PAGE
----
Symptoms of cirrhosis vary, depending on severity of the condition. Mild cirrhosis may have no symptoms at all. Although all patients may not experience the same symptoms, patients may experience:
- Loss of appetite
- Weight loss
- Itchy skin
- Signs of upper gastrointestinal bleeding, including blood in vomit or black stools
- Muscle cramps
- Abdominal distension (bloating) from ascites
- Confusion due to hepatic encephalopathy.
The symptoms of cirrhosis may resemble other medical conditions or problems. Always consult your child’s gastroenterologist for a diagnosis.
The most common causes of cirrhosis in the United States are:
- Hepatitis C
- Alcoholic liver disease
- Nonalcoholic liver disease.
Other causes of liver cirrhosis can include:
- Chronic viral hepatitis B
- Nonalcoholic fatty liver disease
- Autoimmune hepatitis
- Primary and secondary liver cirrhosis
- Primary sclerosing cholangitis
- Medications (including methotrexate and isoniazid)
- Wilson disease
- Alpha-1 antitrypsin deficiency
- Celiac disease
- Granulomatous liver disease
- Idiopathic portal fibrosis
- Polycystic liver disease
- Infections (including brucelosis, syphilis, echinococcosis and schistosomiasis)
- Right-sided heart failure
- Hereditary hemorrhagic telangiectasia
- Veno-occlusive disease.
Your child’s gastroenterologist will perform a complete medical history and physical examination to look for jaundice, dilated skin vessels, enlarged breast tissue in males, ascites, an enlarged spleen, reddening skin on the palms of the hands, digital (finger) clubbing and asterexis, which is sudden loss of muscle tone in an outstretched limb.
Diagnostic procedures used to diagnose cirrhosis may include:
- Liver function tests. A series of special blood tests that can determine if the liver is functioning properly. Learn more about blood tests.
- Liver biopsy. A procedure in which tissue samples from the liver are removed (with a needle or during surgery) for examination under a microscope. Learn more about liver biopsy.
- Cholangiography. X-ray examination of the bile ducts using an intravenous (IV) dye (contrast). Learn more about X-ray.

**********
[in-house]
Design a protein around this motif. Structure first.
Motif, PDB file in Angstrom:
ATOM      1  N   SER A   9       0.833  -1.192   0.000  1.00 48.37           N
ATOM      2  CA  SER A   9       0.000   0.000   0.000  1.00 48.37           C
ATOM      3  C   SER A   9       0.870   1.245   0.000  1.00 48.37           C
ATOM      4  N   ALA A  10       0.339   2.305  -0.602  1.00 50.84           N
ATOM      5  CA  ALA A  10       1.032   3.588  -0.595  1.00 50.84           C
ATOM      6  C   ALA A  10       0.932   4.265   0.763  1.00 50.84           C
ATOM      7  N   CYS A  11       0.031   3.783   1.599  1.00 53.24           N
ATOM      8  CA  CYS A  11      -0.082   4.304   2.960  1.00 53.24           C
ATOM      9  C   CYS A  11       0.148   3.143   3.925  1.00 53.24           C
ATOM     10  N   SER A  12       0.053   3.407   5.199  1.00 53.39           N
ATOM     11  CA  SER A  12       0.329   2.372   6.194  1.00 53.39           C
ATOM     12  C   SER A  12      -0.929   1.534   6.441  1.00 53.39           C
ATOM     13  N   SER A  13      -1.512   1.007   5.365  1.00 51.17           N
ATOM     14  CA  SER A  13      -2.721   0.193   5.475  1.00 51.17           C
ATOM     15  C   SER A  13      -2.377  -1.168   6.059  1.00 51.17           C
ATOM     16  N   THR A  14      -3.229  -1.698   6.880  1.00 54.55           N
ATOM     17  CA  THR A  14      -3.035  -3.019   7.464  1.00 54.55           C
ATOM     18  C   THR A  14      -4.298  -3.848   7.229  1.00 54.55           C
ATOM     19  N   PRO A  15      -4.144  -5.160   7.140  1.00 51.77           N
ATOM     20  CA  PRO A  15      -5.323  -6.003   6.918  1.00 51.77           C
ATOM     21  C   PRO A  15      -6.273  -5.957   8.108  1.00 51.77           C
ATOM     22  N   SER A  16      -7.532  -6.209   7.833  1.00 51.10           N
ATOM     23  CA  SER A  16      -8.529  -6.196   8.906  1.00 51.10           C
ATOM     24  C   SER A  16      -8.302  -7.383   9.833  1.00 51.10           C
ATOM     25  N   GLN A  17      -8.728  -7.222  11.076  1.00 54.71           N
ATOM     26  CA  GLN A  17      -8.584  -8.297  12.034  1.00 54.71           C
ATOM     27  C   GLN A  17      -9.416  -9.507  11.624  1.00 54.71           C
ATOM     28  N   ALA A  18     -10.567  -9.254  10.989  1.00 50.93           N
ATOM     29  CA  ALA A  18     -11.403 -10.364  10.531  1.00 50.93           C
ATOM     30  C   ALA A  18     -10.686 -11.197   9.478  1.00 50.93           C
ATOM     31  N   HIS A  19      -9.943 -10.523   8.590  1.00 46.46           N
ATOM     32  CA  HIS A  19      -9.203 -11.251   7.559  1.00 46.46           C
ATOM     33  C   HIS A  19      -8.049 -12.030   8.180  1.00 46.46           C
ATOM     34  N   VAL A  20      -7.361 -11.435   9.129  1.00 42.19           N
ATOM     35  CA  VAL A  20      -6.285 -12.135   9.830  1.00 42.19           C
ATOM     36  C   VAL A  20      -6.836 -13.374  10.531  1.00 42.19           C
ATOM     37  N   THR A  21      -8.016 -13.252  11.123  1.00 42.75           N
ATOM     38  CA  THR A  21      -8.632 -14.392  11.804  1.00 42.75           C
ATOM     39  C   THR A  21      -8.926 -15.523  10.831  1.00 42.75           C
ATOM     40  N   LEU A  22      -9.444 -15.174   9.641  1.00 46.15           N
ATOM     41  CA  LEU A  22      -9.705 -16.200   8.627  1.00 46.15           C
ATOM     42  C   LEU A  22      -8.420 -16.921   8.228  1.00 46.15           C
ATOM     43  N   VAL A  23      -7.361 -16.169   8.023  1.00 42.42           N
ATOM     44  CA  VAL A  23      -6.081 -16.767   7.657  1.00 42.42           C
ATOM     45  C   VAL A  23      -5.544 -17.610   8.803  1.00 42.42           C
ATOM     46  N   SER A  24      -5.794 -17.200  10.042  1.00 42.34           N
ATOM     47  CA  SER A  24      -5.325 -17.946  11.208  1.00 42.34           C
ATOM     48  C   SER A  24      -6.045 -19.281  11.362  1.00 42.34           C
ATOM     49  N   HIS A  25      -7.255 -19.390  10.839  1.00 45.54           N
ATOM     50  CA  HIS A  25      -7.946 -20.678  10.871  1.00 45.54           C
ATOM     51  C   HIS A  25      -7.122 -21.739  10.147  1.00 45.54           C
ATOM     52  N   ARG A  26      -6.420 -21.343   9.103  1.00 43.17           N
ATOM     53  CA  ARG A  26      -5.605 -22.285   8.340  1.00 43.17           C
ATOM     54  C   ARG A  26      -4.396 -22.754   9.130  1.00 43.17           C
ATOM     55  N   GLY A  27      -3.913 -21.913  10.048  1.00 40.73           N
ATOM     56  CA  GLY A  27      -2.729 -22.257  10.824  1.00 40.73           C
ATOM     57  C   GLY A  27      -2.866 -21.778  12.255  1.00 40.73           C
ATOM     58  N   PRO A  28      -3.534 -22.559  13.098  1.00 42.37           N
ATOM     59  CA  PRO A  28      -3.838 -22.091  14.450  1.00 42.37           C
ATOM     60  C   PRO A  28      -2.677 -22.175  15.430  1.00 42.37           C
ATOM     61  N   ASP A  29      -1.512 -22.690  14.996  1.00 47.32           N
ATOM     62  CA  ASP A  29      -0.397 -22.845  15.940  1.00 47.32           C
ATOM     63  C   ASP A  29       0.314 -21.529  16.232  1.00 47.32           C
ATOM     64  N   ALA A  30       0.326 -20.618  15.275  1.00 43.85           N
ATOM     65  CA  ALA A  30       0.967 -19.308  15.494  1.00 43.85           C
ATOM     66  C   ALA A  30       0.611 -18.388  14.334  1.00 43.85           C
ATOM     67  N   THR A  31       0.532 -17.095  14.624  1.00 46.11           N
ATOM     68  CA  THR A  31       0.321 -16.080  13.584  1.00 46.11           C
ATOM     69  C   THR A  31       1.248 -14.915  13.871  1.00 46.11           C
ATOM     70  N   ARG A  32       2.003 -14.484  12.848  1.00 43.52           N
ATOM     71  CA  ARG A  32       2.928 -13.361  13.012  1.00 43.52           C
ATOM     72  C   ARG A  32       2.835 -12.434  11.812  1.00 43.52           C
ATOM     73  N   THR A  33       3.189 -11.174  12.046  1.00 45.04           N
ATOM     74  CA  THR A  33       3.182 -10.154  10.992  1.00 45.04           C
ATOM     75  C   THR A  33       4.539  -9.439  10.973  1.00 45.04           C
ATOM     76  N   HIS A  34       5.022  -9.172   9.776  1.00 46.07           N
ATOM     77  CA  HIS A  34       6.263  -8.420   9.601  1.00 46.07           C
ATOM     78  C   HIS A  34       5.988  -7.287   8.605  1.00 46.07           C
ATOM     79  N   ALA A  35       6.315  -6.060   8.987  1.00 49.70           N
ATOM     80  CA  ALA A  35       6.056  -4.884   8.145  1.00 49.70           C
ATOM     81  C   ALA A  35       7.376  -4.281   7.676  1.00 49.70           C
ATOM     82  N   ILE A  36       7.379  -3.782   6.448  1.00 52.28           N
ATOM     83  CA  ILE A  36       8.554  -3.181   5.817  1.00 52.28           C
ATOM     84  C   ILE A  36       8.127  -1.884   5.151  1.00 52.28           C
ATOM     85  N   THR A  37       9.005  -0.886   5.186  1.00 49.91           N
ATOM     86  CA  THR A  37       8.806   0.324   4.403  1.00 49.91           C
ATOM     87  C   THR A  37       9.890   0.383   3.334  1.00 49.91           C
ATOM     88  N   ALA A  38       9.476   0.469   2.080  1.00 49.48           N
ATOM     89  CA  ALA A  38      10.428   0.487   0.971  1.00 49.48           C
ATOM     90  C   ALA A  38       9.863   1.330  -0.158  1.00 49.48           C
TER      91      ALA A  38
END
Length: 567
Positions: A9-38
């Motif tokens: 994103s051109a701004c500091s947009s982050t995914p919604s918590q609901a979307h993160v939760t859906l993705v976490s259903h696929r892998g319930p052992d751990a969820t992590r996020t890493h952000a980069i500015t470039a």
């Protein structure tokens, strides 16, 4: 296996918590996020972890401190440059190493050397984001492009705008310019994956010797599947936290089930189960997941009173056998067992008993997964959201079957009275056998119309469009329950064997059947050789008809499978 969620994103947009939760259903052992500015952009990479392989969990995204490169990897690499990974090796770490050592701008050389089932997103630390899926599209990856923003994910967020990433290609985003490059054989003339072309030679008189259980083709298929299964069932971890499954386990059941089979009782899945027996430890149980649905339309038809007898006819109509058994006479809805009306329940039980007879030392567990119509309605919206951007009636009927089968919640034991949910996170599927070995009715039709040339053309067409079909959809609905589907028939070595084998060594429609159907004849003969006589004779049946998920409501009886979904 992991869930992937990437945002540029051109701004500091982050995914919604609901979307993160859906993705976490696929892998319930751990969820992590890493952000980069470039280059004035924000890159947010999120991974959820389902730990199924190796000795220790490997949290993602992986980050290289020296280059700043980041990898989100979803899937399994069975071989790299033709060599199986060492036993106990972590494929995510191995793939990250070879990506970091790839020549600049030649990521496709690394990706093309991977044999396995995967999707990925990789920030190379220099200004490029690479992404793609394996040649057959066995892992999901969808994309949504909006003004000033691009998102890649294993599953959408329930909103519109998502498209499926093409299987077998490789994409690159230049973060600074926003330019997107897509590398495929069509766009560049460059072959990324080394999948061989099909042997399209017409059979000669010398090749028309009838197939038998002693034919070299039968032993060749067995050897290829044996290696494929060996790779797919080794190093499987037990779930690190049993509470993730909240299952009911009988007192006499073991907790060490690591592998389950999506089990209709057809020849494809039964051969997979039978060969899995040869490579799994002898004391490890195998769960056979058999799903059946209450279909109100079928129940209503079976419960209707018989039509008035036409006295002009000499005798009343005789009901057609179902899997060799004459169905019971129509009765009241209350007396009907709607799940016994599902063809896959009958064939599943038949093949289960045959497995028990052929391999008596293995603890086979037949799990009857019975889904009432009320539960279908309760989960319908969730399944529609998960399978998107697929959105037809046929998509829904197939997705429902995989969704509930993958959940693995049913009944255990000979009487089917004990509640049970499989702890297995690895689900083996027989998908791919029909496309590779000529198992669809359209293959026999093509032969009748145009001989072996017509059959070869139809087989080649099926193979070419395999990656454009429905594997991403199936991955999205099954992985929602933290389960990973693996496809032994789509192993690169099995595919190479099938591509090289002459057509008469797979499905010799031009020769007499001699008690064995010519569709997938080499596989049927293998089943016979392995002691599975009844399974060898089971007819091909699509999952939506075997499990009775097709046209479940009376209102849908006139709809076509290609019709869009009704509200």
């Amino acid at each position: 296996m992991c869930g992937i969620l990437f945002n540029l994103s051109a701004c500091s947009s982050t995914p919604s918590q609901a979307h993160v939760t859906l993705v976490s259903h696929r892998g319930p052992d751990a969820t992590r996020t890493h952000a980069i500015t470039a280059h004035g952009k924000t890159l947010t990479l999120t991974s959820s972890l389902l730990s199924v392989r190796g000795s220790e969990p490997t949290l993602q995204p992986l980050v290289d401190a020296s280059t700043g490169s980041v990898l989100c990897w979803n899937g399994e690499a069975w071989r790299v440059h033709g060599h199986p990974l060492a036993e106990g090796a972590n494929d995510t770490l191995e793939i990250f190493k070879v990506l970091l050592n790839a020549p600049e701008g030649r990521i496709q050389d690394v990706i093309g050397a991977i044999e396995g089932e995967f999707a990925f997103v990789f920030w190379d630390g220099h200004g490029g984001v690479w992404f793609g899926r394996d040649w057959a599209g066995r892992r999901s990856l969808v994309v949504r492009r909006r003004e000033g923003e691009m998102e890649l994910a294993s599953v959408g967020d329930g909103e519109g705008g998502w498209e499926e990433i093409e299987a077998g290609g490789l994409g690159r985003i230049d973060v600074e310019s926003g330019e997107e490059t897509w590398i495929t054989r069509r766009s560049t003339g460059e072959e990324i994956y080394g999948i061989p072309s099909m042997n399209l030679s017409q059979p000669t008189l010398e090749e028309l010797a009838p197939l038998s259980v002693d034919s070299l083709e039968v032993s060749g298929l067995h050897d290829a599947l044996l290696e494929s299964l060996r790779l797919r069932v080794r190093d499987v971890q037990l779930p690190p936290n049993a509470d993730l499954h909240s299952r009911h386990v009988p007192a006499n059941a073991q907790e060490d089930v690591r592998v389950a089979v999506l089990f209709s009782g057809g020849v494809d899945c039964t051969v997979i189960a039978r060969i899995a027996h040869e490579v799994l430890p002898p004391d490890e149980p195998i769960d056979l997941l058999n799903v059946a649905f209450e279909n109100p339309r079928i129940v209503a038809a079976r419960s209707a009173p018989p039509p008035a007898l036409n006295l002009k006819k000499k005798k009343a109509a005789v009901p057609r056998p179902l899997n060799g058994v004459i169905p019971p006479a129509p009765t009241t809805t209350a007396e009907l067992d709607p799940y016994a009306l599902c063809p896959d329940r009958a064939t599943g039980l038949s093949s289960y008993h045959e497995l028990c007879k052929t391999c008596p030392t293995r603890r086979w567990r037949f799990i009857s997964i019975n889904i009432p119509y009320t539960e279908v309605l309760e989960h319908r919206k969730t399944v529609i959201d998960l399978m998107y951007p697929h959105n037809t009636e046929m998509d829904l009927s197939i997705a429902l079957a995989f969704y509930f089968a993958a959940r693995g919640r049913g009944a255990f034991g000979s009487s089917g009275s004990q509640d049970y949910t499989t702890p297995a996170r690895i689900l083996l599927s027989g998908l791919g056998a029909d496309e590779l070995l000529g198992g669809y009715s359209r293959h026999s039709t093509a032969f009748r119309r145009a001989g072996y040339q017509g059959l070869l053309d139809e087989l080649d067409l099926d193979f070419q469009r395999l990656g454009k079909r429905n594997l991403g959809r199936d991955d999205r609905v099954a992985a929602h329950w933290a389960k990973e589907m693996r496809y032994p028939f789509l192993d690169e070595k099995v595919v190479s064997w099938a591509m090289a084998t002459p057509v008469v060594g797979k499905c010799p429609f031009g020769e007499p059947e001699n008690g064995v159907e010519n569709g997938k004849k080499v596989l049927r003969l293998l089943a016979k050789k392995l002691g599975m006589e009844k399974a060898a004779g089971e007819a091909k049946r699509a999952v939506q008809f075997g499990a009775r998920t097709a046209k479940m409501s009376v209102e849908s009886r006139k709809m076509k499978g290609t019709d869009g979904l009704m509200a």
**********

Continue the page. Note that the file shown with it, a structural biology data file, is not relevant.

- Computed tomography scan (CT or CAT scan). A diagnostic imaging procedure using a combination of X-rays and computer technology to produce horizontal, or axial, images (often called slices) of the body. A CT scan shows detailed images of any part of the body, including the bones, muscles, fat and organs. CT scans are more detailed than general X-rays. Learn more about CT.
- Ultrasound (also called sonography). A diagnostic imaging technique, which uses high-frequency sound waves and a computer to create images of blood vessels, tissues and organs. Ultrasounds are used to view internal organs of the abdomen such as the liver, spleen and kidneys and to assess blood flow through various vessels. Learn more about ultrasound.
Specific treatment for cirrhosis will be determined by your child’s gastroenterologist based on:
- The child’s age, overall health and medical history
- Extent of the disease
- The child’s tolerance for specific medications, procedures or therapies
- Expectations for the course of the disease
- The family’s opinion or preference.
Cirrhosis is a progressive liver disease, and damage sustained to the liver cannot be reversed. However, eating right, avoiding certain toxins like alcohol, taking certain vitamins and managing the complications of cirrhosis can delay or stop further liver damage. In severe cases of cirrhosis, a liver transplantation may be considered.
Fibrosis is the growth of scar tissue due to infection, inflammation, injury or even healing. The overgrowth of scar tissue can occur in almost any organ. Fibrosis in the liver can inhibit the organ’s proper functioning. Liver fibrosis is usually the result of cirrhosis.